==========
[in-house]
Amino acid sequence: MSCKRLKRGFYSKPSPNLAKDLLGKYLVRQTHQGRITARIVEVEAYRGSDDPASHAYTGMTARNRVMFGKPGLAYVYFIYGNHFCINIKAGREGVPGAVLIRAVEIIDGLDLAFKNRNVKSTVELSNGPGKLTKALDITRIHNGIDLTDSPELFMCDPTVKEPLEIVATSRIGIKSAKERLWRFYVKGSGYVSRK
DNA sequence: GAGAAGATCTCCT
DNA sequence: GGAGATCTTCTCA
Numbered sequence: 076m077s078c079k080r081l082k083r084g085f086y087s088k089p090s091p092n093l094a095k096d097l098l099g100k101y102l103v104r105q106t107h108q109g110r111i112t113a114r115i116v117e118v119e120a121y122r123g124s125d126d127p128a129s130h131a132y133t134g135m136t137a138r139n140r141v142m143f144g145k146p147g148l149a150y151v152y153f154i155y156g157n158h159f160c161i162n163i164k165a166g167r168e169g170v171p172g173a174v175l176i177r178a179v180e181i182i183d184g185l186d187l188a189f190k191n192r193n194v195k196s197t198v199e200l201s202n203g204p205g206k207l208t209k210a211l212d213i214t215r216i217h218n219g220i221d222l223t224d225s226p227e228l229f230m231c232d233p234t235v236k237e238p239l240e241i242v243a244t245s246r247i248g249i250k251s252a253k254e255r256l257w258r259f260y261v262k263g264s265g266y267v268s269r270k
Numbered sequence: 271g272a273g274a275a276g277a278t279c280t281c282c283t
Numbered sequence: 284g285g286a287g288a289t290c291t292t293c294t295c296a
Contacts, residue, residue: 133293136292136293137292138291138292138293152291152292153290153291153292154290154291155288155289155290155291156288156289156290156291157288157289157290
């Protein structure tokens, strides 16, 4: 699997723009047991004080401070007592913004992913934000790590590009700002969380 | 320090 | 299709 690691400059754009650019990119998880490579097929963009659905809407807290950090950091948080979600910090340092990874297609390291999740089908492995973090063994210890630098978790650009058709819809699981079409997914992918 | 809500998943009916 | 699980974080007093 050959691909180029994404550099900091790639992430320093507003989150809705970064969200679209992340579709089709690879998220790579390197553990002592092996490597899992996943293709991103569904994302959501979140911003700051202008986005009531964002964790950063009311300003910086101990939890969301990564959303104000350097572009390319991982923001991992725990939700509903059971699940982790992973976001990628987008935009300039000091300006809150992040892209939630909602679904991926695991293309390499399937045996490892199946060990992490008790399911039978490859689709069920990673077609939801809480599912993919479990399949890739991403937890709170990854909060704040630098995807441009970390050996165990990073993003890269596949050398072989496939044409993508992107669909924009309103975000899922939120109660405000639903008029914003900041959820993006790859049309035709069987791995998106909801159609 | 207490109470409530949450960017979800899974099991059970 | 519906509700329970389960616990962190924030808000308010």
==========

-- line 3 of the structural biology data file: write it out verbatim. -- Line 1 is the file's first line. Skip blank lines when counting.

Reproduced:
DNA sequence: GAGAAGATCTCCT